The Arizona Department of Environmental Quality is still reviewing North Star Steel's application for a revised emissions permit, and comments by permit opponents filed since a November hearing in Kingman.
"We hope within two weeks to have a good package to send to EPA," Patrick Gibbons, a spokesman for ADEQ, said Thursday.
"Then they (federal officials) will have 45 days in which to make a decision."
Gibbons said the review process for the major-source permit has been delayed because the application had to be sent back to North Star for clarification.
Also, "We have received more than 100 comments opposing the permit, and we are still looking at all of them to make sure the concerns are properly addressed," Gibbons said.
Many comments opposing the permit were submitted after a public hearing Nov.
1 in Kingman, he added.
North Star officials have "submitted the science that supports" the permit and are "confident that it is in the interests of the public for the permit to be granted," spokesman Greg Lauser has said.
The permit would allow North Star to increase annual emissions by the Kingman mini-mill to 3,185 tons of carbon monoxide, 584 tons of nitrogen oxides, 223 tons of inhalable particulate matter, 186 tons of volatile organic compounds, 105 tons of sulfur dioxide and 1.3 tons of lead.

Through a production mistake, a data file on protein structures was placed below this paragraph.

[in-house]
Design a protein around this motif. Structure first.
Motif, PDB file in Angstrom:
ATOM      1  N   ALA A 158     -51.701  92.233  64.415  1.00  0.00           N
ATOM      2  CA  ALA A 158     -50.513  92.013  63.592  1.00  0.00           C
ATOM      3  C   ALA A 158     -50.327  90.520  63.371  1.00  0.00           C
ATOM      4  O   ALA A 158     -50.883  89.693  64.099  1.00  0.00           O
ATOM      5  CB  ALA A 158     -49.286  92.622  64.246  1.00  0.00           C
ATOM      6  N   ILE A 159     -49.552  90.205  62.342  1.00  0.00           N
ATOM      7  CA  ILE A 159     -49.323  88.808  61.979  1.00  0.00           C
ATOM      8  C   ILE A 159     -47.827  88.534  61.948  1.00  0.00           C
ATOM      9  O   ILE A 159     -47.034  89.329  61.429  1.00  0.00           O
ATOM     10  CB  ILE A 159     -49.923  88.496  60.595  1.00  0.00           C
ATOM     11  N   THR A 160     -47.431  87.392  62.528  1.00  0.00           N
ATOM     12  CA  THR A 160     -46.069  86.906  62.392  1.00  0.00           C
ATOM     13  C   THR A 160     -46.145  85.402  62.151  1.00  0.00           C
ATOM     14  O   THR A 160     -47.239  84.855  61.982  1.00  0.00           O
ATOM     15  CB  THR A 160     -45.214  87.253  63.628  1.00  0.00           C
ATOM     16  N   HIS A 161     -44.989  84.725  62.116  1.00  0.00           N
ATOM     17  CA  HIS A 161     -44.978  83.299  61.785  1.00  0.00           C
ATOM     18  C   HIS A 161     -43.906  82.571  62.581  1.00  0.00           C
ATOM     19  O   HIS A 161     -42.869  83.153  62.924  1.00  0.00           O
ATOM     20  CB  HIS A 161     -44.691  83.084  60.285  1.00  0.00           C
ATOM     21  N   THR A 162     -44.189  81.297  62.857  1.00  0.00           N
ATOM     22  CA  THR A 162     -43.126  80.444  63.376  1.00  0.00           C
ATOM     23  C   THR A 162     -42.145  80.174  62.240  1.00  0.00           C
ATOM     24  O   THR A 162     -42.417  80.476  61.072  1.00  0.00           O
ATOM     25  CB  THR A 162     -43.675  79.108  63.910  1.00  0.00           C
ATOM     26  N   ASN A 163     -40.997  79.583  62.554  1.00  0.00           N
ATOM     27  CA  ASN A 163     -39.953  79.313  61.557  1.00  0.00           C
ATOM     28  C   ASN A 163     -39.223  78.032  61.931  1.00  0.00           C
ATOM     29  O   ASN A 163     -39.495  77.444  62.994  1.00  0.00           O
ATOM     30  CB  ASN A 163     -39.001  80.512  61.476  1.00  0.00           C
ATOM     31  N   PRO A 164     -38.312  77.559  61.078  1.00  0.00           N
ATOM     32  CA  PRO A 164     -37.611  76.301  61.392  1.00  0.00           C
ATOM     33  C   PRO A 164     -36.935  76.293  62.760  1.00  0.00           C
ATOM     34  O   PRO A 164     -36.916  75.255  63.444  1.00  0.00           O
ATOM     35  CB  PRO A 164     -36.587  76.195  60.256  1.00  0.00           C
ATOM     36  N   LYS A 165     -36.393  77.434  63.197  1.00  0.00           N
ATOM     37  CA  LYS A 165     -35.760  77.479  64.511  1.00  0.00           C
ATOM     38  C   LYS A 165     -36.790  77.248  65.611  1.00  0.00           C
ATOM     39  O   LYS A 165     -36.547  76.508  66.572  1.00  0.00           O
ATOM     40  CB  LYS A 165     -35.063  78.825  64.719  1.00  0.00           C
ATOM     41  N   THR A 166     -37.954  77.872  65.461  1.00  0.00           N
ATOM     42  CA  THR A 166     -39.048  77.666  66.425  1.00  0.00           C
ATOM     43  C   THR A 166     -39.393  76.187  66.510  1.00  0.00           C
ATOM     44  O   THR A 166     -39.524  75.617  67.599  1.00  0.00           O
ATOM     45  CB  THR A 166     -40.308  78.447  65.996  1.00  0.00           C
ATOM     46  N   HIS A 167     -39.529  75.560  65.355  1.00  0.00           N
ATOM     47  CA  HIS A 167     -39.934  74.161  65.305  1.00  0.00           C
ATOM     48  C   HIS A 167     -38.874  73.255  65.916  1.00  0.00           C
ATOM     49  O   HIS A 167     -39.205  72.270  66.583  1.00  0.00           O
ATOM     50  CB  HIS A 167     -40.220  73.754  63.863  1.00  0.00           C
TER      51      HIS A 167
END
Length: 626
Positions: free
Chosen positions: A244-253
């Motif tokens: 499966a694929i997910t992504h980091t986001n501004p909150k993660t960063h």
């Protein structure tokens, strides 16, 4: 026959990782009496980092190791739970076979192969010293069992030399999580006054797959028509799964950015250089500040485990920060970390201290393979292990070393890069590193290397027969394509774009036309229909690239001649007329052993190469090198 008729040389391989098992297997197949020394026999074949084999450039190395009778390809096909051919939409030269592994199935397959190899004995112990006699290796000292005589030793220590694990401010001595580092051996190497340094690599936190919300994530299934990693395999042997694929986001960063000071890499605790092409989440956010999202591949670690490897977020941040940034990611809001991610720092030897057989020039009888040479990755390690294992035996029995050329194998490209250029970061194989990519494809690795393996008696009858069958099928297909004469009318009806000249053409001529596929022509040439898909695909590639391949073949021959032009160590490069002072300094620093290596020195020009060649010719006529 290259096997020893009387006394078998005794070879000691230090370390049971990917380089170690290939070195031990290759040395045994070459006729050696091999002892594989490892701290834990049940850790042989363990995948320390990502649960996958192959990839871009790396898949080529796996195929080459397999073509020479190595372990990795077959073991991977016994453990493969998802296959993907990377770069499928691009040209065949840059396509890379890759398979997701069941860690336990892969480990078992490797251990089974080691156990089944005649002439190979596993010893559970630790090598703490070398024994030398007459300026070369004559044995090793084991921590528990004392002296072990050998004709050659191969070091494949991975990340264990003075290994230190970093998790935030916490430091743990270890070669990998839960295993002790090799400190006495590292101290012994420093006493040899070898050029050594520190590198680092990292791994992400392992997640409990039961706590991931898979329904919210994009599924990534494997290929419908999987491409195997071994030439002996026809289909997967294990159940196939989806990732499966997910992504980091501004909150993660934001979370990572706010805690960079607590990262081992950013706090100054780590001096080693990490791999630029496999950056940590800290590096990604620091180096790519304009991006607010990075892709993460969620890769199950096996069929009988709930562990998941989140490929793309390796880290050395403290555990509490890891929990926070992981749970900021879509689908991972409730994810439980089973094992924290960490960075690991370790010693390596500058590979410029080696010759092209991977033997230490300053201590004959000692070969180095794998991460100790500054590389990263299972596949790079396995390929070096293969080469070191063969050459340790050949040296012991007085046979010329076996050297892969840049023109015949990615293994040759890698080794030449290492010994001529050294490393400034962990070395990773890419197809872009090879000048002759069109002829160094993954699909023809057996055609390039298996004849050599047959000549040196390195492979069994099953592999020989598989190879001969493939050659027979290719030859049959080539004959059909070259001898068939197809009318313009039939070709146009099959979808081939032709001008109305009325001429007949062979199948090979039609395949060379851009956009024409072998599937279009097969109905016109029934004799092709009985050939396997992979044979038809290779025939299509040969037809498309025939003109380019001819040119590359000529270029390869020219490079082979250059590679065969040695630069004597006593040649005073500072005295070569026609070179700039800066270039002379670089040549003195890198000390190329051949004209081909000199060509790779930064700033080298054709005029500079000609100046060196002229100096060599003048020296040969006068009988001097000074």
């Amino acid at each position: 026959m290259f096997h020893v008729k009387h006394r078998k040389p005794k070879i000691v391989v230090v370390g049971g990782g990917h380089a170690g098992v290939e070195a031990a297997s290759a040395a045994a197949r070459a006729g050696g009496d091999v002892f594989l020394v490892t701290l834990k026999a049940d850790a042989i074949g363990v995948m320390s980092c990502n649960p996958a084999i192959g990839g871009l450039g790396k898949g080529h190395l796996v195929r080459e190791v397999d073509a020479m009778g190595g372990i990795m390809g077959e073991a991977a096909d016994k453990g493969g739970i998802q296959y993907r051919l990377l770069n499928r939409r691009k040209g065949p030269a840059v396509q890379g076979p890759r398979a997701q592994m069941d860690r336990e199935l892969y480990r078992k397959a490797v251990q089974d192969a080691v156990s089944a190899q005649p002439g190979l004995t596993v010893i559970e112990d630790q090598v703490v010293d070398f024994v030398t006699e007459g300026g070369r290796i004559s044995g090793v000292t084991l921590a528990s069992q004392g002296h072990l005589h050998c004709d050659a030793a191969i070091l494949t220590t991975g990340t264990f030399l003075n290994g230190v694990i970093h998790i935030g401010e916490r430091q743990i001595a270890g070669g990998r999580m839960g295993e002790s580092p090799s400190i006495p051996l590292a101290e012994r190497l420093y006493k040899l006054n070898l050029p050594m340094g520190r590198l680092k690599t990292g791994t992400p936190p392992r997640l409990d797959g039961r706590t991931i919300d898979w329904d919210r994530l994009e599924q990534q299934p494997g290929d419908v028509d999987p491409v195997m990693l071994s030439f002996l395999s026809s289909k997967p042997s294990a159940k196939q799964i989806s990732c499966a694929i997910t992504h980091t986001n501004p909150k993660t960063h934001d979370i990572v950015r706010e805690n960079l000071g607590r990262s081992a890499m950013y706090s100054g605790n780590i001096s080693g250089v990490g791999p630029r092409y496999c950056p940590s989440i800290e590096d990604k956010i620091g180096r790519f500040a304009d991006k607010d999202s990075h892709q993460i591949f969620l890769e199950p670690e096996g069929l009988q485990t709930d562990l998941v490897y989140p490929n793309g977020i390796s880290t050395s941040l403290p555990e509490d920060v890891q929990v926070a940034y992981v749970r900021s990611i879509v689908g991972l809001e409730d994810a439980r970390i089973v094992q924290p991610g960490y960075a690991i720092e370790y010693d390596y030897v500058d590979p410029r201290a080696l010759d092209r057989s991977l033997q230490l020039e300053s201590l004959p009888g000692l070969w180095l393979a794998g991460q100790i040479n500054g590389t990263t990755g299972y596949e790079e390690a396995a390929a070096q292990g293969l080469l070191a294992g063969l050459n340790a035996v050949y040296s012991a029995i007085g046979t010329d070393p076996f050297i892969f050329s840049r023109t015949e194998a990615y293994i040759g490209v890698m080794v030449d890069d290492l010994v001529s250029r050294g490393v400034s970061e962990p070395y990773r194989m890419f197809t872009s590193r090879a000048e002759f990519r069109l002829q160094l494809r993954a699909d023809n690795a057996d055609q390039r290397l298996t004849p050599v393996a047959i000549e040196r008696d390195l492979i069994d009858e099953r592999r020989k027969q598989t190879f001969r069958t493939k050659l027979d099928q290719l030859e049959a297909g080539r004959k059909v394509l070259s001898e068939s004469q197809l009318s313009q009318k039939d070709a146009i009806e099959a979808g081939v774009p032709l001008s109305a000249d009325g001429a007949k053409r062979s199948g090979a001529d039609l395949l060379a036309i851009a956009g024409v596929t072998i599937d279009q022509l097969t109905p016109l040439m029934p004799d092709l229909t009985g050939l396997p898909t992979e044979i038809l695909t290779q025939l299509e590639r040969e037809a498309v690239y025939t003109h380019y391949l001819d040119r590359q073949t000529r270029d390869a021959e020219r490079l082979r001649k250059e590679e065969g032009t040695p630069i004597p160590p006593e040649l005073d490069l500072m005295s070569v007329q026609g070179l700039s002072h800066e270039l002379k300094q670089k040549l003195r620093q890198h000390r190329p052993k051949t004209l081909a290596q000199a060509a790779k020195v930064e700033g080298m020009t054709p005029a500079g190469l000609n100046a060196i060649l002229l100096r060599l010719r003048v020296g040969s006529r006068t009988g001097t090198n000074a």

Located on 425 acres off Shinarump Drive and Interstate 40, North Star currently operates the plant with a minor-source permit, which allows it to emit 100 tons of pollutants per year.
The group Citizens for Future Generations opposes the major-source air permit.
In a letter to ADEQ in December, Citizens member Jack Ehrhardt stated that the permit application is "legally defective" and accused North Star Steel officials of telling their employees not to reveal emissions testing results.
In November 2001, North Star pleaded guilty to two criminal charges and agreed to pay $4 million in fines and other penalties for allowing the Kingman plant to violate clean-air standards.
The company also was ordered to contribute $125,000 to a fund for road paving in Kingman.
Just four months earlier, North Star settled a civil complaint and agreed to pay a $7.75 million fine.
Of that amount, $2.75 million was earmarked for paving roads in Golden Valley.
The Kingman mini-mill produces steel wire rods and reinforcement bars for the construction industry from recycled automobiles, appliances and industrial scrap.
North Star's parent company is Minneapolis-based Cargill.
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